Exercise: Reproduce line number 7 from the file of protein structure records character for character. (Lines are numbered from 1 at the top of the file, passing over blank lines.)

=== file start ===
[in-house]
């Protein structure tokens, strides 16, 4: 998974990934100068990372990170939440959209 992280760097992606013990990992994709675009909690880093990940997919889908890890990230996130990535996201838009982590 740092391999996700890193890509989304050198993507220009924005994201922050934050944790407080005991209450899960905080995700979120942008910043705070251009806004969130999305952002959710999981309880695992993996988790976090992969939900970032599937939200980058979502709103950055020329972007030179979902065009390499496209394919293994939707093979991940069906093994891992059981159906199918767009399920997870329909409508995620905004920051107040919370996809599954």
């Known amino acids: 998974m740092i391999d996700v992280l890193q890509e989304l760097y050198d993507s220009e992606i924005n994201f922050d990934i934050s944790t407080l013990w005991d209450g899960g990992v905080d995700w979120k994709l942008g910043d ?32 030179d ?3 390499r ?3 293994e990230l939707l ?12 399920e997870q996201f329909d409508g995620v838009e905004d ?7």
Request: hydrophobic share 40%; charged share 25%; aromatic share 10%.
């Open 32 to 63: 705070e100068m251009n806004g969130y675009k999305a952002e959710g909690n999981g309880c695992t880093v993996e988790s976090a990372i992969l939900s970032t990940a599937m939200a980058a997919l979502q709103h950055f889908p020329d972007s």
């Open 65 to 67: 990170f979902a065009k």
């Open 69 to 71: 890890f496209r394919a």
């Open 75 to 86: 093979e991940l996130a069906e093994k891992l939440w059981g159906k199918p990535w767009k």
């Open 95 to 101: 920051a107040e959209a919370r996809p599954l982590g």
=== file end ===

């Open 69 to 71: 890890f496209r394919a």